I spend a lot of time at home. About 85% of my life happens behind the closed door of our brightly-colored, overflowing-with-laundry, two-bedroom house. My husband and I and our four children (ages 6 and under) share every room. Our bedroom is the hangout spot during the day, the living room is where we teach and record music. The girls’ room is also the boys’ room, which is also the corner library where we drink tea and read books. The kitchen is the dining room, and the dining room is the school room. The laundry room is where the baby sleeps during the day, because it is the only place that is quiet. The bathrooms are currently only bathrooms, although Randy has been known to record whistle and guitar in there for the beautiful acoustics.
This is all true.
Our house is full to the brim of musical instruments, toys, clothes, art supplies, books, movies, seashell and rock collections, those little sippy cups with character-heads, pencils, paper, recyclables, etc. There are moments, at the end of the 15% of time away when I come back and see everything strewn about, that it nearly knocks the wind out of me.
Sometimes living here is like living in a tornado, with all of these little people who are in constant motion, spinning and twirling, lifting things from one place and dropping them in another. You can find whole decks of cards that have been blown into every corner of the house–some sticking straight out of the cracks in the wall. How can one little storm be so powerful?
I have been searching for the eye. Where everything is calm. Where you can live while everything around is in motion. Where you can have peace.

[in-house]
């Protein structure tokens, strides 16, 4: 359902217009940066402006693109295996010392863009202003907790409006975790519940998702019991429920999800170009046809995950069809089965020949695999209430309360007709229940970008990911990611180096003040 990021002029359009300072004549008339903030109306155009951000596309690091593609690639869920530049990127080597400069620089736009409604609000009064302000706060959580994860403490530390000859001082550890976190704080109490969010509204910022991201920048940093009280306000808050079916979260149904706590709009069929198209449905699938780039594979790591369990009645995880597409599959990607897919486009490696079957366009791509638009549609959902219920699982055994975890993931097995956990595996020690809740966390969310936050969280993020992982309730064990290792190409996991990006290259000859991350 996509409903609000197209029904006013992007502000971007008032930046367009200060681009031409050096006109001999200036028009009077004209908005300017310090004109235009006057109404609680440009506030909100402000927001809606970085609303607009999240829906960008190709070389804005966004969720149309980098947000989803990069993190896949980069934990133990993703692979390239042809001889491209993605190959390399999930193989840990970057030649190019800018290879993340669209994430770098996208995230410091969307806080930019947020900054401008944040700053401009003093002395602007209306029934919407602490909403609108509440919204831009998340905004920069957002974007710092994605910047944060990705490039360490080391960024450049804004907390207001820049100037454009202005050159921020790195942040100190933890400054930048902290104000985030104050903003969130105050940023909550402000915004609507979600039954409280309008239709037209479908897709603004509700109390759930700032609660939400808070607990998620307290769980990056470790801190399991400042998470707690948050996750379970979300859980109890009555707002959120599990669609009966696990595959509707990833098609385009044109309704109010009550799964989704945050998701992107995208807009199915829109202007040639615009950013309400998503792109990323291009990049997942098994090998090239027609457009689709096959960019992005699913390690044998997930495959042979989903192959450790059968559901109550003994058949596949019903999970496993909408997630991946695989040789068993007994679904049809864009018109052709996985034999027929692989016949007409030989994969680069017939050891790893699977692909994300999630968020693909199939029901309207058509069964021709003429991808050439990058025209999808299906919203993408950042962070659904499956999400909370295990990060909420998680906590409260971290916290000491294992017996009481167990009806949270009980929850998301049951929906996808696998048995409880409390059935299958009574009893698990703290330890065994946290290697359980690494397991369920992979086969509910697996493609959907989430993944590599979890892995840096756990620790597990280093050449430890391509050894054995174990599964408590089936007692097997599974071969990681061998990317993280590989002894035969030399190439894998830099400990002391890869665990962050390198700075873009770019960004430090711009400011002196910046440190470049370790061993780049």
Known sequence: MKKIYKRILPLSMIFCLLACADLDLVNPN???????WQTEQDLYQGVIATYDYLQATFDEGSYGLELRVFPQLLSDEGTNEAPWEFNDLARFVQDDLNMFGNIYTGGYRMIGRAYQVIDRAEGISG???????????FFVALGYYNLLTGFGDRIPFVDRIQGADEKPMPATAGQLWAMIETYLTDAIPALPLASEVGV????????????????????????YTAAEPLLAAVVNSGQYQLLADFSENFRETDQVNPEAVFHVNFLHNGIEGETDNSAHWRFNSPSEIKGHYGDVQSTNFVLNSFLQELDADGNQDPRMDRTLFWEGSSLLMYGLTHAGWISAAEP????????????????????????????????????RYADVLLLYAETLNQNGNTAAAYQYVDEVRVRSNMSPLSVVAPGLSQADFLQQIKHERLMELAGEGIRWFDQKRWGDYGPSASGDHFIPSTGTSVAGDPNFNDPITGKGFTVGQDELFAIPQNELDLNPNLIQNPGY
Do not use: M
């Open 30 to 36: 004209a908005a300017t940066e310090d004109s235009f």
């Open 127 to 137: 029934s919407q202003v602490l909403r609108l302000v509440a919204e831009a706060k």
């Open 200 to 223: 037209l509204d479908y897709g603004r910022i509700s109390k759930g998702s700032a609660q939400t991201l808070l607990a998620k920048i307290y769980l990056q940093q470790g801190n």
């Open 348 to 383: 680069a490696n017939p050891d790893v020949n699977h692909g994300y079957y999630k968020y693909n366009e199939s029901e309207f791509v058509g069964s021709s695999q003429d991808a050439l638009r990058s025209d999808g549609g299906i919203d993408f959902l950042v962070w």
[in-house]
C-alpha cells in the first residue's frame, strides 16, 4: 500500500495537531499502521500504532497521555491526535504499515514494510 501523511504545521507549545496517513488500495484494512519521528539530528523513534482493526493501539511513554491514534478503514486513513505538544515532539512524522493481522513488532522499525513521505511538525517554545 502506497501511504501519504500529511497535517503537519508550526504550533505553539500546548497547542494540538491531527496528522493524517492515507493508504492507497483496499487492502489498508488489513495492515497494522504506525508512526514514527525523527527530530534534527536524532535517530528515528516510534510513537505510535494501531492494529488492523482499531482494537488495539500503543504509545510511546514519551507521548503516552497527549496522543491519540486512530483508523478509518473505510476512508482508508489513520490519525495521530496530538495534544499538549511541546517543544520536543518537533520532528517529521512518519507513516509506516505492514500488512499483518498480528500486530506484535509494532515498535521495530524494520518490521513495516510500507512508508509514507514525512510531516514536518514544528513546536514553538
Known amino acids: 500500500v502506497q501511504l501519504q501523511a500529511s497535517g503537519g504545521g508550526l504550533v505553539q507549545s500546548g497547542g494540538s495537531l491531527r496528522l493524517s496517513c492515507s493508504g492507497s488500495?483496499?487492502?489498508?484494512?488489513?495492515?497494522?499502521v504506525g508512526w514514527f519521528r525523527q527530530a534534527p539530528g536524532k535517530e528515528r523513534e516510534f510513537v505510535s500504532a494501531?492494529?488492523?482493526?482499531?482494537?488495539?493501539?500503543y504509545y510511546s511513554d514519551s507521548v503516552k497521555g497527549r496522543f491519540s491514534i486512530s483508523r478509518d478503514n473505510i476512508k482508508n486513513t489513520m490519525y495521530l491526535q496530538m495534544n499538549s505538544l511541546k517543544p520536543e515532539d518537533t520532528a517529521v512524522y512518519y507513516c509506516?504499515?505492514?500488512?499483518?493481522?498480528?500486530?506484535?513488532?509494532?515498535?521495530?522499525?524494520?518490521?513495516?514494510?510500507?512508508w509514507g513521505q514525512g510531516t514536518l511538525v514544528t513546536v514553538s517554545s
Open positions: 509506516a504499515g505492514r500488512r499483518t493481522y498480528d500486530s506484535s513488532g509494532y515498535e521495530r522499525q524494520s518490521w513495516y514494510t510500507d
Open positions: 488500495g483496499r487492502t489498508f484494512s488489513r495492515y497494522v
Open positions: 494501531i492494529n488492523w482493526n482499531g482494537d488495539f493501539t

I would like to share something with you that is bringing me a lot of peace in the chaos of life with small children and scrambling around to make ends meet. I think it is pretty profound. This is my secret:
More than ever, I am trying to really be here. Not like I want to do away with that last 2% (NEVER THAT!!!). What I mean is when I am home, I am really here with my heart.
One way I have noticed that I leave home (without ever walking out the door) is letting my idle mind go straight to the world outside these walls. Checking email, scanning Facebook, seeing if anyone responded to this or that. It is a habit that we, as a culture, are cultivating more and more every day. I do not want us to get to a point in life where all six of us are sitting around the kitchen/dining/school room, having conversations with the rest of the world, staring into the palms of our hands instead of talking to one another.
This is what I am telling myself, and maybe it will mean something to you, too.
Turn off the smart phone. Put the whole wide world away (back in your pocket/purse, where it belongs), and set aside some sacred time for your family. If it is one hour a day, two hours, three… From dinner-time to bedtime… Let your family know that you will be looking into their eyes at that time, that no text or email will distract you from whatever it is that they are trying to say. I want to teach this to my children. I want them to know that they are more important to me than: scanning the newsfeed to see everyone’s rants and raves, hearing about all the minor injustices of friends’ and aquaintances’ lives, and/or viewing the mouth-watering photographs of their perfect lasagnas. I want my husband to know that I enjoy his company more than the company of the virtual world. That world will try to knock down your virtual door every minute of every hour, 24-7, 365 and 1/4 days a year. Slip on the do-not-disturb sign, deadbolt the lock, make a pot of tea, and cozy up with the people that can look into your eyes. The people who can touch you. The people you can touch.
Have a conversation. Sit in silence. Play a board game. Take a walk. Watch a movie, for heaven’s sake. But do it together. And put the world away.
Check out our new cd, Home on our website: www.thejosephinekot.com